Peter Pace says he doesn't want the military to change its policies on homosexuality because it is "immoral." He likens it to adultery, which is prohibited under the UCMJ.
"As an individual, I would not want (acceptance of gay behavior) to be our policy, just like I would not want it to be our policy that if we were to find out that so-and-so was sleeping with somebody else's wife, that we would just look the other way, which we do not. We prosecute that kind of immoral behavior," Pace was quoted as saying.
But General Pace is confused. The UCMJ is not legislating morality. Its purpose is to maintain "good order and discipline." The military is extremely interdependent and if there weren't checks on things like adultery... Well, my husband phrases it as a hypothetical:
"If I sleep with my Marines' wives, my Marines are gonna shoot me in the back."
In other words you have a lot of armed people who have to be able to rely on each other in situations like the heat of battle. The rank structure can't be compromised, fraternization, and the camaraderie can't be shattered by Peyton Place-like dramas of love and deceit. People's lives depend on it.
The UCMJ is a pragmatic document and has nothing to do with any higher moral authority. And the prohibition on homosexuality is as out of date as the exclusion of blacks was once upon a time. Yes it will make some people uncomfortable for a while. They'll get over it. And the rest of the military is not nearly as backwards as General Pace.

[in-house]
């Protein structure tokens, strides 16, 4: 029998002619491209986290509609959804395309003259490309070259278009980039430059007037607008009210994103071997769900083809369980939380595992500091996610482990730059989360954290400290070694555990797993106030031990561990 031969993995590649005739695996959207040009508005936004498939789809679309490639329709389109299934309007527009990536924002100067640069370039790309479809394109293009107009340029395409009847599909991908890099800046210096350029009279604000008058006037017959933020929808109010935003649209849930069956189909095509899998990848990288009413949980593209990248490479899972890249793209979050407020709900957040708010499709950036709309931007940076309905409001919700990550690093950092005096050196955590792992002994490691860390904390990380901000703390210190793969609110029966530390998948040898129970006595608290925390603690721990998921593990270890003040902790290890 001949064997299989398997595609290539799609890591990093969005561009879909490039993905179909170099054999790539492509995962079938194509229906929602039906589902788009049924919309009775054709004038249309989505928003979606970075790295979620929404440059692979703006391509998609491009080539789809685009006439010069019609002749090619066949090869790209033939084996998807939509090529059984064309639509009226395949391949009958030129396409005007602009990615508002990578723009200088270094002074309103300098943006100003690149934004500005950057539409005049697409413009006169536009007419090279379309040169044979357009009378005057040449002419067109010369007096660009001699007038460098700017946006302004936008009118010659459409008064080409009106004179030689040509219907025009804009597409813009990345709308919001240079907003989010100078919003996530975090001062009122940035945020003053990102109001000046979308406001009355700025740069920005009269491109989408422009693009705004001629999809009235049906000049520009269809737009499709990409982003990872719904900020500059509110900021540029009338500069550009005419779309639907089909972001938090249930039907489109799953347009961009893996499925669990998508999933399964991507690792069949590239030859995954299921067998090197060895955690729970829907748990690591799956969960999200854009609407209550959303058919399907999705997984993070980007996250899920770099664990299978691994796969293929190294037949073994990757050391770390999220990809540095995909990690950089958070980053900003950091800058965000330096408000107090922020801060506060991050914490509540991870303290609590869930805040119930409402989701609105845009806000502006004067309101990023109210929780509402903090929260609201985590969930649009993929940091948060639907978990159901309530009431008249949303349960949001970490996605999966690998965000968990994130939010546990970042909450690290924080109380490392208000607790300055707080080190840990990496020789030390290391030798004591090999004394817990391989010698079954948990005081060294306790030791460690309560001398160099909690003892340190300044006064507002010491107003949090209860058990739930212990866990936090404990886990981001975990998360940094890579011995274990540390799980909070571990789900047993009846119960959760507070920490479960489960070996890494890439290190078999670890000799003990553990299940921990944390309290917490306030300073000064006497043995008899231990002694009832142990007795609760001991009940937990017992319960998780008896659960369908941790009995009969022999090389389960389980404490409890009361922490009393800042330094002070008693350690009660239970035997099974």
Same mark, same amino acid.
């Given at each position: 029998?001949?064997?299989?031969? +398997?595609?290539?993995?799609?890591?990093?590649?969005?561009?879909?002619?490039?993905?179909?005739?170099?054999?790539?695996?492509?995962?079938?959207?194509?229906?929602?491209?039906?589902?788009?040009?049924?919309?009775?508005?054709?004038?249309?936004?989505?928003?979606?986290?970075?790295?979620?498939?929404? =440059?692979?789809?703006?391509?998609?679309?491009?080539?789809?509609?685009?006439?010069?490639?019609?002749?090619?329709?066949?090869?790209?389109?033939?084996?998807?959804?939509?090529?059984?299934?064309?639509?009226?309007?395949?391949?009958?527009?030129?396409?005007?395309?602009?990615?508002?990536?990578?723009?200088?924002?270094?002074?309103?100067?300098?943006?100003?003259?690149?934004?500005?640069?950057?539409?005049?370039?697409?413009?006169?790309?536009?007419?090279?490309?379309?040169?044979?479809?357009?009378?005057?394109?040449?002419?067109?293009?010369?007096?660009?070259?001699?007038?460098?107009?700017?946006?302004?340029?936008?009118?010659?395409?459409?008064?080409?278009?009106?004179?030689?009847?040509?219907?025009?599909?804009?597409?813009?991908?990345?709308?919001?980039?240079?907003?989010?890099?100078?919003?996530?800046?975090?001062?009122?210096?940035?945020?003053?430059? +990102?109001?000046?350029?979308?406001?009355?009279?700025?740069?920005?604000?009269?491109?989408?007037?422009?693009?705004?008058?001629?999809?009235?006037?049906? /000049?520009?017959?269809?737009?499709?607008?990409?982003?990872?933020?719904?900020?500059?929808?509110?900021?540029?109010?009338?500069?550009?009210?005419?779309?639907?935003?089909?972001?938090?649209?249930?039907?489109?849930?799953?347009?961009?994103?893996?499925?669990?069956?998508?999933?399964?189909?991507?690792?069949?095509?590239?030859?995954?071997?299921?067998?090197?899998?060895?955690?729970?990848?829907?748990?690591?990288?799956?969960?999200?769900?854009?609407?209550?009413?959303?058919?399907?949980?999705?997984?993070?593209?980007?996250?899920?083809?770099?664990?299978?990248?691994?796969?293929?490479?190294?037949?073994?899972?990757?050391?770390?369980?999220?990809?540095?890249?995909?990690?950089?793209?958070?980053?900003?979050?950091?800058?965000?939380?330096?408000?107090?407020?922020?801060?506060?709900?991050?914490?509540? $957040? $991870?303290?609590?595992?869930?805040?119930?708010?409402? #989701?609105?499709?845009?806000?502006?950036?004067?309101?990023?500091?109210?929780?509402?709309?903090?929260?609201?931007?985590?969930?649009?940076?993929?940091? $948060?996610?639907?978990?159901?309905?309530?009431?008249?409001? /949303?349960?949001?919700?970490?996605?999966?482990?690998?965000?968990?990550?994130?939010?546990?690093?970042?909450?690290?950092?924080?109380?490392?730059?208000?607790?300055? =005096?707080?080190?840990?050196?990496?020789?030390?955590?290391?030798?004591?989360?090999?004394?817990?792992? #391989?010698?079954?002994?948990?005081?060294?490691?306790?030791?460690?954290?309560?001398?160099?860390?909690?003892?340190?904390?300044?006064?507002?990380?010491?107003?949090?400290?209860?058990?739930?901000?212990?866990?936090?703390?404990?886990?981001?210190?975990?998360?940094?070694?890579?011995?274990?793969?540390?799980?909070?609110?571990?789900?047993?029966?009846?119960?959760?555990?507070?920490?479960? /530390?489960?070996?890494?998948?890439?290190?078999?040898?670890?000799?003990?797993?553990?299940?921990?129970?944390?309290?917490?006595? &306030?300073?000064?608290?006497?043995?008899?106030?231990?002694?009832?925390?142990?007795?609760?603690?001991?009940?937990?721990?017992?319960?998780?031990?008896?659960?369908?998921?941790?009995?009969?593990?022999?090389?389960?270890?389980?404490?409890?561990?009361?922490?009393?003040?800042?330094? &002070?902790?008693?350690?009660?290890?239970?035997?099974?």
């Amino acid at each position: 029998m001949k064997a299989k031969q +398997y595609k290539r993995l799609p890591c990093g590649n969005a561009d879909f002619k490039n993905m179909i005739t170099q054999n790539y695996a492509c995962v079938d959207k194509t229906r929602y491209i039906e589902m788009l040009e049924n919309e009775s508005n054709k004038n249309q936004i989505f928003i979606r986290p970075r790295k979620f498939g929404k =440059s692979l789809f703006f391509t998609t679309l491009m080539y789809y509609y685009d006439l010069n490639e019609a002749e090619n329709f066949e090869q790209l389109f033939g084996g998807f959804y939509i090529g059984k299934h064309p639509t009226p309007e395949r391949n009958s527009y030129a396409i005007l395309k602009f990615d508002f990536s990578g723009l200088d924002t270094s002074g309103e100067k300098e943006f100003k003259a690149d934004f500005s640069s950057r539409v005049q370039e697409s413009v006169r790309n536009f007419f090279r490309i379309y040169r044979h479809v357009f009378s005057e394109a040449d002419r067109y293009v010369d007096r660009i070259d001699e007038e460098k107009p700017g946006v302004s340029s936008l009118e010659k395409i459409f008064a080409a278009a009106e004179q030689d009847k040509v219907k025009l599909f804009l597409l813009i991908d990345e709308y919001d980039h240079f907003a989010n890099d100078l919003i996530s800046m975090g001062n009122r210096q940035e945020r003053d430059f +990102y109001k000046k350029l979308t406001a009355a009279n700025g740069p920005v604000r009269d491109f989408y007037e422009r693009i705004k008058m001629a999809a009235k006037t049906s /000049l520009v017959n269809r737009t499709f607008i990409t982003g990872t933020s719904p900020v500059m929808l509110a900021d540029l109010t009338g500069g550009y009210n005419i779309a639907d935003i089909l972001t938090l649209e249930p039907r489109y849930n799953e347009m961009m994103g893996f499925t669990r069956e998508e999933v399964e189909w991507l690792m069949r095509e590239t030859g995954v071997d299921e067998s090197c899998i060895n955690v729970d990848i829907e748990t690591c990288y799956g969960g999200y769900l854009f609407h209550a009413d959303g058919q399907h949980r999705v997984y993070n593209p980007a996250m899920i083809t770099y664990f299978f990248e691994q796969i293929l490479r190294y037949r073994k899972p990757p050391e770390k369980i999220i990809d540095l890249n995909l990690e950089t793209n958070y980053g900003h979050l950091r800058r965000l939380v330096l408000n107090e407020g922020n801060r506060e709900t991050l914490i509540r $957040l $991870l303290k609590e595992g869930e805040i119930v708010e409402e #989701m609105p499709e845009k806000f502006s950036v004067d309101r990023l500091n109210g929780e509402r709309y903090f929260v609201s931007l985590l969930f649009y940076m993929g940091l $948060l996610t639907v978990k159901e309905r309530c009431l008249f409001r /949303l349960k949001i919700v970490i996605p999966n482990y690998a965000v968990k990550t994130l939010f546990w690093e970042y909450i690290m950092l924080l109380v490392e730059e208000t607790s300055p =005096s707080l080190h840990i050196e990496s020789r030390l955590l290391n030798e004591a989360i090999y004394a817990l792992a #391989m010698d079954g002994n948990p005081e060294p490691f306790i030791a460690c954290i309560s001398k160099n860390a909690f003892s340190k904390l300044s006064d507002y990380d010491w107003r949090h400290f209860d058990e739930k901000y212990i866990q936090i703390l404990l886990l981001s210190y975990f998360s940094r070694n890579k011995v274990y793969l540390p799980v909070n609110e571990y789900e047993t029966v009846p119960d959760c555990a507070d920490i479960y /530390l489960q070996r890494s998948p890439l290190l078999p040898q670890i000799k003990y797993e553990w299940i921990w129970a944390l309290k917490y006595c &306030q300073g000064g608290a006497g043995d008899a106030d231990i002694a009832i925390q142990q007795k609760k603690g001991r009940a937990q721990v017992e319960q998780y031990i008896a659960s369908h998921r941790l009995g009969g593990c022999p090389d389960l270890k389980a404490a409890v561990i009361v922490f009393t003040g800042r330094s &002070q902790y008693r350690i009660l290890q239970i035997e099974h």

A short while ago, former Chairman of the Joint Chiefs John Shalikashvili spoke out in favor of the lifting the ban. Among his reasons, a poll that demonstrates a much higher tolerance for homosexuality than General Pace exhibits.
In explaining his shift on the issue, Shalikashvili also cited a new Zogby poll, commissioned by the Michael D. Palm Center at the University of California at Santa Barbara, of 545 U.S. troops who served in Iraq and Afghanistan. It reported that three quarters said they were comfortable around gay men and lesbians.
The poll, published in December, also said 37 percent opposed allowing gays to serve openly, while 26 percent said they should be allowed and 37 percent were unsure or neutral. Of those who said they were certain that a member of their unit was gay or lesbian, two-thirds did not believe it hurt morale.
But General Pace would rather keep the current "don't ask, don't tell" policy in place. Well sure. We all know how moral hypocrisy is.